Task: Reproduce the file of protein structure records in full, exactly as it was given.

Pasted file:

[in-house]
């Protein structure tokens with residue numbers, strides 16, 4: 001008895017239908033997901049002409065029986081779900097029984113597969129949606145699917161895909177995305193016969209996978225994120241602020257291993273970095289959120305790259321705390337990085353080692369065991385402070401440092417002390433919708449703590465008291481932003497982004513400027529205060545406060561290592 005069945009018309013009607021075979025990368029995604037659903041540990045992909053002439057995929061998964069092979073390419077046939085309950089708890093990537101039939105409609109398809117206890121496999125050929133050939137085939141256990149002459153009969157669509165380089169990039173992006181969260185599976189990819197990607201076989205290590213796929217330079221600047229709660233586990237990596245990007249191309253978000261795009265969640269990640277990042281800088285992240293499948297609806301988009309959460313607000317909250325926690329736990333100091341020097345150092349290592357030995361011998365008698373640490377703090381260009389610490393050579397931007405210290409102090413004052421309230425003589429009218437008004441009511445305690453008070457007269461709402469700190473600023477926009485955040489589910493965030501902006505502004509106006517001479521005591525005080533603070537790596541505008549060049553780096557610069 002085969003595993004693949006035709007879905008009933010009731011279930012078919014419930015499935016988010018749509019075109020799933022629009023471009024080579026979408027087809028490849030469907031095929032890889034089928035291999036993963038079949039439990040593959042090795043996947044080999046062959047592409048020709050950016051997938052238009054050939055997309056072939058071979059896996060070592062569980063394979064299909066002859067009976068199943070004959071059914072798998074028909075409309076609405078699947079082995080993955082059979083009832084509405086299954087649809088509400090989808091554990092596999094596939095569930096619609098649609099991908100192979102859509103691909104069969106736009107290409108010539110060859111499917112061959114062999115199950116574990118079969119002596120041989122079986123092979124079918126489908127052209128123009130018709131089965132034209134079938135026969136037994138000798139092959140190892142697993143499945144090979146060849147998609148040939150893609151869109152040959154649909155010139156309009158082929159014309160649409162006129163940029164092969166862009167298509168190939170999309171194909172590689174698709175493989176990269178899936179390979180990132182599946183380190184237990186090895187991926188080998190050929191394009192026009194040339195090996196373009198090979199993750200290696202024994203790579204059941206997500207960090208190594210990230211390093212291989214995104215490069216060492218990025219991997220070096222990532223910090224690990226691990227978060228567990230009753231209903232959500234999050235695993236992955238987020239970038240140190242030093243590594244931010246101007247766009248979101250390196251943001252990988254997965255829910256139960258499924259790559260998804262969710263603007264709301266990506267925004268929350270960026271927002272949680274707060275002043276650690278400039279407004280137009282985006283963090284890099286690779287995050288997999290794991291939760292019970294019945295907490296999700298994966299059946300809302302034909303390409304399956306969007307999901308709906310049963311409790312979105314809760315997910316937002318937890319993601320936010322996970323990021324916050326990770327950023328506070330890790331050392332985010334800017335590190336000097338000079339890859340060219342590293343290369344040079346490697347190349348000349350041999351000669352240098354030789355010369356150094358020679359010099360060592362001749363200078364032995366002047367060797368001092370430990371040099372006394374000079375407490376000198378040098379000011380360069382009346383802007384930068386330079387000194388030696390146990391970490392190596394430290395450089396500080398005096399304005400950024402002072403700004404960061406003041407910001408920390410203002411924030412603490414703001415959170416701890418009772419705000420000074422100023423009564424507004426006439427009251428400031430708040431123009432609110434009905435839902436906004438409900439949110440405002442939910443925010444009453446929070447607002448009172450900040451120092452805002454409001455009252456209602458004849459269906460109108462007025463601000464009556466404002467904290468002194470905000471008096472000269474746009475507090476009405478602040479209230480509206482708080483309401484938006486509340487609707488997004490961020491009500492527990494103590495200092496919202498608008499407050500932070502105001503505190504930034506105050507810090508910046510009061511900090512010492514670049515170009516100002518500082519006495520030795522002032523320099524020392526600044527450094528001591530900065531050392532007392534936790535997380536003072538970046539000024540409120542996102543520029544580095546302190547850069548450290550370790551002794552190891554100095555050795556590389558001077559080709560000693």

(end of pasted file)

[in-house]
């Protein structure tokens with residue numbers, strides 16, 4: 001008895017239908033997901049002409065029986081779900097029984113597969129949606145699917161895909177995305193016969209996978225994120241602020257291993273970095289959120305790259321705390337990085353080692369065991385402070401440092417002390433919708449703590465008291481932003497982004513400027529205060545406060561290592 005069945009018309013009607021075979025990368029995604037659903041540990045992909053002439057995929061998964069092979073390419077046939085309950089708890093990537101039939105409609109398809117206890121496999125050929133050939137085939141256990149002459153009969157669509165380089169990039173992006181969260185599976189990819197990607201076989205290590213796929217330079221600047229709660233586990237990596245990007249191309253978000261795009265969640269990640277990042281800088285992240293499948297609806301988009309959460313607000317909250325926690329736990333100091341020097345150092349290592357030995361011998365008698373640490377703090381260009389610490393050579397931007405210290409102090413004052421309230425003589429009218437008004441009511445305690453008070457007269461709402469700190473600023477926009485955040489589910493965030501902006505502004509106006517001479521005591525005080533603070537790596541505008549060049553780096557610069 002085969003595993004693949006035709007879905008009933010009731011279930012078919014419930015499935016988010018749509019075109020799933022629009023471009024080579026979408027087809028490849030469907031095929032890889034089928035291999036993963038079949039439990040593959042090795043996947044080999046062959047592409048020709050950016051997938052238009054050939055997309056072939058071979059896996060070592062569980063394979064299909066002859067009976068199943070004959071059914072798998074028909075409309076609405078699947079082995080993955082059979083009832084509405086299954087649809088509400090989808091554990092596999094596939095569930096619609098649609099991908100192979102859509103691909104069969106736009107290409108010539110060859111499917112061959114062999115199950116574990118079969119002596120041989122079986123092979124079918126489908127052209128123009130018709131089965132034209134079938135026969136037994138000798139092959140190892142697993143499945144090979146060849147998609148040939150893609151869109152040959154649909155010139156309009158082929159014309160649409162006129163940029164092969166862009167298509168190939170999309171194909172590689174698709175493989176990269178899936179390979180990132182599946183380190184237990186090895187991926188080998190050929191394009192026009194040339195090996196373009198090979199993750200290696202024994203790579204059941206997500207960090208190594210990230211390093212291989214995104215490069216060492218990025219991997220070096222990532223910090224690990226691990227978060228567990230009753231209903232959500234999050235695993236992955238987020239970038240140190242030093243590594244931010246101007247766009248979101250390196251943001252990988254997965255829910256139960258499924259790559260998804262969710263603007264709301266990506267925004268929350270960026271927002272949680274707060275002043276650690278400039279407004280137009282985006283963090284890099286690779287995050288997999290794991291939760292019970294019945295907490296999700298994966299059946300809302302034909303390409304399956306969007307999901308709906310049963311409790312979105314809760315997910316937002318937890319993601320936010322996970323990021324916050326990770327950023328506070330890790331050392332985010334800017335590190336000097338000079339890859340060219342590293343290369344040079346490697347190349348000349350041999351000669352240098354030789355010369356150094358020679359010099360060592362001749363200078364032995366002047367060797368001092370430990371040099372006394374000079375407490376000198378040098379000011380360069382009346383802007384930068386330079387000194388030696390146990391970490392190596394430290395450089396500080398005096399304005400950024402002072403700004404960061406003041407910001408920390410203002411924030412603490414703001415959170416701890418009772419705000420000074422100023423009564424507004426006439427009251428400031430708040431123009432609110434009905435839902436906004438409900439949110440405002442939910443925010444009453446929070447607002448009172450900040451120092452805002454409001455009252456209602458004849459269906460109108462007025463601000464009556466404002467904290468002194470905000471008096472000269474746009475507090476009405478602040479209230480509206482708080483309401484938006486509340487609707488997004490961020491009500492527990494103590495200092496919202498608008499407050500932070502105001503505190504930034506105050507810090508910046510009061511900090512010492514670049515170009516100002518500082519006495520030795522002032523320099524020392526600044527450094528001591530900065531050392532007392534936790535997380536003072538970046539000024540409120542996102543520029544580095546302190547850069548450290550370790551002794552190891554100095555050795556590389558001077559080709560000693």